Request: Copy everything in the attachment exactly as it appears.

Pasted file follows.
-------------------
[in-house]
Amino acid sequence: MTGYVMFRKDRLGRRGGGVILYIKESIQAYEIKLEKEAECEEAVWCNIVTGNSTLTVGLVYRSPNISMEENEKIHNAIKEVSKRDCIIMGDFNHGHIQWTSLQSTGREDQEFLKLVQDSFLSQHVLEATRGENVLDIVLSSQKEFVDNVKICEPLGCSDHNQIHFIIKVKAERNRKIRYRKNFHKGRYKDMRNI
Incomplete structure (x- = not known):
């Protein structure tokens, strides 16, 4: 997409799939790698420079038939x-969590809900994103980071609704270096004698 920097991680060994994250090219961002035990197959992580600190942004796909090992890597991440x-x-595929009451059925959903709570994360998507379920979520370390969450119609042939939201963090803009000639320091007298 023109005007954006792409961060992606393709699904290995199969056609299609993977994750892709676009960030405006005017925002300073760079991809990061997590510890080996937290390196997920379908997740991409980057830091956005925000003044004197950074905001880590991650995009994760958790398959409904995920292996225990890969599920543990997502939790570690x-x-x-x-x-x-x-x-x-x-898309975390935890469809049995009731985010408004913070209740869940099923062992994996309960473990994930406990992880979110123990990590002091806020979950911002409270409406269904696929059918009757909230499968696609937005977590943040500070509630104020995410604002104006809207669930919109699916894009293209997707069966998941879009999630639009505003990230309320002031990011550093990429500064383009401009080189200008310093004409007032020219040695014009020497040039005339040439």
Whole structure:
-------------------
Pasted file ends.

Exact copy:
[in-house]
Amino acid sequence: MTGYVMFRKDRLGRRGGGVILYIKESIQAYEIKLEKEAECEEAVWCNIVTGNSTLTVGLVYRSPNISMEENEKIHNAIKEVSKRDCIIMGDFNHGHIQWTSLQSTGREDQEFLKLVQDSFLSQHVLEATRGENVLDIVLSSQKEFVDNVKICEPLGCSDHNQIHFIIKVKAERNRKIRYRKNFHKGRYKDMRNI
Incomplete structure (x- = not known):
């Protein structure tokens, strides 16, 4: 997409799939790698420079038939x-969590809900994103980071609704270096004698 920097991680060994994250090219961002035990197959992580600190942004796909090992890597991440x-x-595929009451059925959903709570994360998507379920979520370390969450119609042939939201963090803009000639320091007298 023109005007954006792409961060992606393709699904290995199969056609299609993977994750892709676009960030405006005017925002300073760079991809990061997590510890080996937290390196997920379908997740991409980057830091956005925000003044004197950074905001880590991650995009994760958790398959409904995920292996225990890969599920543990997502939790570690x-x-x-x-x-x-x-x-x-x-898309975390935890469809049995009731985010408004913070209740869940099923062992994996309960473990994930406990992880979110123990990590002091806020979950911002409270409406269904696929059918009757909230499968696609937005977590943040500070509630104020995410604002104006809207669930919109699916894009293209997707069966998941879009999630639009505003990230309320002031990011550093990429500064383009401009080189200008310093004409007032020219040695014009020497040039005339040439």
Whole structure: